CROSS REFERENCE TO RELATED APPLICATION
BACKGROUND OF THE INVENTION
This application is a continuation of U.S. application Ser. No. 11/539,322, filed Oct. 6, 2006, which is a continuation of U.S. application Ser. No. 09/706,154, filed Nov. 3, 2000 (now U.S. Pat. No. 7,139,898), all of which are incorporated by reference herein in their entirety.
1. Field of the Invention
The present invention is in the field of digital processing and pertains more particularly to apparatus and methods for fetching and dispatching instructions in dynamic multistreaming processors.
Conventional pipelined single-stream processors incorporate fetch and dispatch pipeline stages, as is true of most conventional processors. In such processors, in the fetch stage, one or more instructions are read from an instruction cache and in the dispatch stage, one or more instructions are sent to execution units (EUs) to execute. These stages may be separated by one or more other stages, for example a decode stage. In such a processor the fetch and dispatch stages are coupled together such that the fetch stage generally fetches from the instruction stream in every cycle.
In multistreaming processors known to the present inventors, multiple instruction streams are provided, each having access to the execution units. Multiple fetch stages may be provided, one for each instruction stream, although one dispatch stage is employed. Thus, the fetch and dispatch stages are coupled to one another as in other conventional processors, and each instruction stream generally fetches instructions in each cycle. That is, if there are five instruction streams, each of the five fetches in each cycle, and there needs to be a port to the instruction cache for each stream, or a separate cache for each stream.
In a multistreaming processor multiple instruction streams share a common set of resources, for example execution units and/or access to memory resources. In such a processor, for example, there may be M instruction streams that share Q execution units in any given cycle. This means that a set of up to Q instructions is chosen from the M instruction streams to be delivered to the execution units in each cycle. In the following cycle a different set of up to Q instructions is chosen, and so forth. More than one instruction may be chosen from the same instruction stream, up to a maximum P, given that there are no dependencies between the instructions.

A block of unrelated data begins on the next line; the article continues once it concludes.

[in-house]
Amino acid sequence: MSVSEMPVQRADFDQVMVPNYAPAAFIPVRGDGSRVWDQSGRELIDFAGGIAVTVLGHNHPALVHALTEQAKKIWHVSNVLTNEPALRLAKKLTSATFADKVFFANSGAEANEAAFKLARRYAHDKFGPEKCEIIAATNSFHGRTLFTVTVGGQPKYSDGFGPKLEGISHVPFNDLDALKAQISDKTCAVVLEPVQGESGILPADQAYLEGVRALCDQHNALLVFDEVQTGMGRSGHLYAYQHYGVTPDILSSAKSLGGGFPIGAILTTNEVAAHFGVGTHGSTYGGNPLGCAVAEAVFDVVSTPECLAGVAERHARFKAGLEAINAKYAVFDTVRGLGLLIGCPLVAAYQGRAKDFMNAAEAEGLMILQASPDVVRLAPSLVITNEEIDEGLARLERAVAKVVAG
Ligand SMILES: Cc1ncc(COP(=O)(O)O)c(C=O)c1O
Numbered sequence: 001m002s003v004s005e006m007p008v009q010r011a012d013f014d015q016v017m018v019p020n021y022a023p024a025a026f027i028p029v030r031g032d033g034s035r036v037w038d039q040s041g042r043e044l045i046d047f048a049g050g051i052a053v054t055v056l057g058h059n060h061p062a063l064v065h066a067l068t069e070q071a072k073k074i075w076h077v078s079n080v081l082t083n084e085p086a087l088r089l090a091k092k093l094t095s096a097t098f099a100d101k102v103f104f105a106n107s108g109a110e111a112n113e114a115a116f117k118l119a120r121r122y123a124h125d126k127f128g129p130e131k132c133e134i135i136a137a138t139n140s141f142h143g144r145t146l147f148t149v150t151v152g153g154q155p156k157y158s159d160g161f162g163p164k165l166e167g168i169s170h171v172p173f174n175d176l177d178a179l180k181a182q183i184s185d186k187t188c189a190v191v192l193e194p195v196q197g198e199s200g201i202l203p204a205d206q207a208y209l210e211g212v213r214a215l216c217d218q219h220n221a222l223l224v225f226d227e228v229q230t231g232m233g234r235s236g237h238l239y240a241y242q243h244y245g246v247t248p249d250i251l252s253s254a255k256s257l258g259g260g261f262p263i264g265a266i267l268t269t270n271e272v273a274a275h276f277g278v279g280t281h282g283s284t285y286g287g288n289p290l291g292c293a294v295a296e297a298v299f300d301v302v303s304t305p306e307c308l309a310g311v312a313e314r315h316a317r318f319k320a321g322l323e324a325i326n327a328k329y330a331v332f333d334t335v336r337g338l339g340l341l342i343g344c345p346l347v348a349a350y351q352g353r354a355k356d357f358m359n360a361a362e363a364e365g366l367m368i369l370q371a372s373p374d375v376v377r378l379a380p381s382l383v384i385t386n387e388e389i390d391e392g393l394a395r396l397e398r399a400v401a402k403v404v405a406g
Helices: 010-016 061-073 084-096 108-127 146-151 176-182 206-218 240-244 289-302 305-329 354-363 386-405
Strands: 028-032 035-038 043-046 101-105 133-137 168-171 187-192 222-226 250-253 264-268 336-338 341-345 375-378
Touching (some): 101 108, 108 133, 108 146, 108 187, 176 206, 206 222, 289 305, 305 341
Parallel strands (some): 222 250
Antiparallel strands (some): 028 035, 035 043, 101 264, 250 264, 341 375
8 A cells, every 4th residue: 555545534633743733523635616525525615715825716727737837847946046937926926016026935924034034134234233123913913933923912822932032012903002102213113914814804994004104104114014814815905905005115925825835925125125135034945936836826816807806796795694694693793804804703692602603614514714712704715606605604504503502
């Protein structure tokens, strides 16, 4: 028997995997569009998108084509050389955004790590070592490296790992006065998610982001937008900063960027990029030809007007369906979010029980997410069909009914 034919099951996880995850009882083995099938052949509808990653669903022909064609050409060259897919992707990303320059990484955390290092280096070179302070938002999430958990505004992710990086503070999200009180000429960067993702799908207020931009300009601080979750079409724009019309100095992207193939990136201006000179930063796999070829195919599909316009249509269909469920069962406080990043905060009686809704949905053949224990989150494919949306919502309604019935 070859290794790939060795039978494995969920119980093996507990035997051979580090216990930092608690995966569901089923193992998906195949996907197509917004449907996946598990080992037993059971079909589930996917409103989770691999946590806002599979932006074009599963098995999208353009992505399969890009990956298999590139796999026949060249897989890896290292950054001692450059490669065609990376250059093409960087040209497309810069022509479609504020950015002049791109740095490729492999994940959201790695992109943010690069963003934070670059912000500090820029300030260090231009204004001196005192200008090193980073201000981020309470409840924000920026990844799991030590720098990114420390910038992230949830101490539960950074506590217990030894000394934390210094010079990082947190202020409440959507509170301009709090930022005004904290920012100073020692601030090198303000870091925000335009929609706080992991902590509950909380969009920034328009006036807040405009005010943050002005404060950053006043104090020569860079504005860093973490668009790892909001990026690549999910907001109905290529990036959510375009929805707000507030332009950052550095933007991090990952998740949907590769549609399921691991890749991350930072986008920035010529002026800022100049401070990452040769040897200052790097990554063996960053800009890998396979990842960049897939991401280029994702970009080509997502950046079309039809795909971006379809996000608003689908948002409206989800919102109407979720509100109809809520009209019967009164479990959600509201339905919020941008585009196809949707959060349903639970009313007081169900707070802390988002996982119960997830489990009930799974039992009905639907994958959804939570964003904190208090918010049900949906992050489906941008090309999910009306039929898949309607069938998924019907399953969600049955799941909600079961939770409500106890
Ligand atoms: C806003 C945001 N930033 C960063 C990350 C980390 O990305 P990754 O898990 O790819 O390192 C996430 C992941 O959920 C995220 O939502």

It is desirable in multistreaming processors to maximize the number of instructions executed in each cycle. This means that the set of up to Q instructions that is chosen in each cycle should be as close to Q as possible. Reasons that there may not be Q instructions available include flow dependencies, stalls due to memory operations, stalls due to branches, and instruction fetch latency.
- SUMMARY OF THE INVENTION
What is clearly needed in the art is an apparatus and method to de-couple dispatch operations from fetch operations. The present invention, in several embodiments described in enabling detail below, provides a unique solution.
In a preferred embodiment of the present invention a pipelined multistreaming processor is provided, comprising an instruction source, a plurality of streams fetching instructions from the instruction source, a dispatch stage for selecting and dispatching instructions to a set of execution units, a set of instruction queues having one queue associated with each stream in the plurality of streams, and located in the pipeline between the instruction source and the dispatch stage, and a select system for selecting streams in each cycle to fetch instructions from the instruction source. The processor is characterized in that the number of streams selected for which to fetch instructions in each cycle is fewer than the number of streams in the plurality of streams.
In some embodiments the number of streams in the plurality of streams is eight, and the number of streams selected for which to fetch instructions in each cycle is two. Also in some embodiments the select system monitors a set of fetch program counters (FPC) having one FPC associated with each stream, and directs fetching of instructions beginning at addresses according to the program counters. In still other embodiments each stream selected to fetch is directed to fetch eight instructions from the instruction cache.